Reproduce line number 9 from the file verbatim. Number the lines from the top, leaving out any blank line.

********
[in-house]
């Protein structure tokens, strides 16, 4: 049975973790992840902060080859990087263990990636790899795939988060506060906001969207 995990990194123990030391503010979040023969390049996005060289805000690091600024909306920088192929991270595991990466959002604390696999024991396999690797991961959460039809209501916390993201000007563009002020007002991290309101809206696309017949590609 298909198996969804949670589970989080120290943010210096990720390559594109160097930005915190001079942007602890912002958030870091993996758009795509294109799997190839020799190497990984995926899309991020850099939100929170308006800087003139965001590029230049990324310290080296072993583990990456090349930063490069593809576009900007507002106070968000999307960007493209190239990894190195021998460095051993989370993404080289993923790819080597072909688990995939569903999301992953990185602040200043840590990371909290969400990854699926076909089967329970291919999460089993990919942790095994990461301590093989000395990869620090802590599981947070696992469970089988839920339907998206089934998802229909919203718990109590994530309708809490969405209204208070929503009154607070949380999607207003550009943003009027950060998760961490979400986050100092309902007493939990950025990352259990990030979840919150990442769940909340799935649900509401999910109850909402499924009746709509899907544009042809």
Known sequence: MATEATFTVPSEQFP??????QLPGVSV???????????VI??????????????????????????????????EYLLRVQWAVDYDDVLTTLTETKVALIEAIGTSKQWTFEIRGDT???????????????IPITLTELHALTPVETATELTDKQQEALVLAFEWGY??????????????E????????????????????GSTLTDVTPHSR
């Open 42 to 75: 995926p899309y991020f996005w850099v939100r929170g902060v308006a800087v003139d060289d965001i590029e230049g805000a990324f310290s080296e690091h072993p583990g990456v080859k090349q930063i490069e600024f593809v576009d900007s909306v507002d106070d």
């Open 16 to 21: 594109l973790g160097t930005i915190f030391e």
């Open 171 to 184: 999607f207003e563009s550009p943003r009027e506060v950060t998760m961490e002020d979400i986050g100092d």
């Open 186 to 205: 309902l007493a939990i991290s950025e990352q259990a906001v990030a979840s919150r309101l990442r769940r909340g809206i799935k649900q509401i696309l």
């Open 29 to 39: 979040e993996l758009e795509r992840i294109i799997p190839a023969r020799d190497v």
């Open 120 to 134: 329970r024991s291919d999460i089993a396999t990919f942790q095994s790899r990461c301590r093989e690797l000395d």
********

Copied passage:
């Open 120 to 134: 329970r024991s291919d999460i089993a396999t990919f942790q095994s790899r990461c301590r093989e690797l000395d």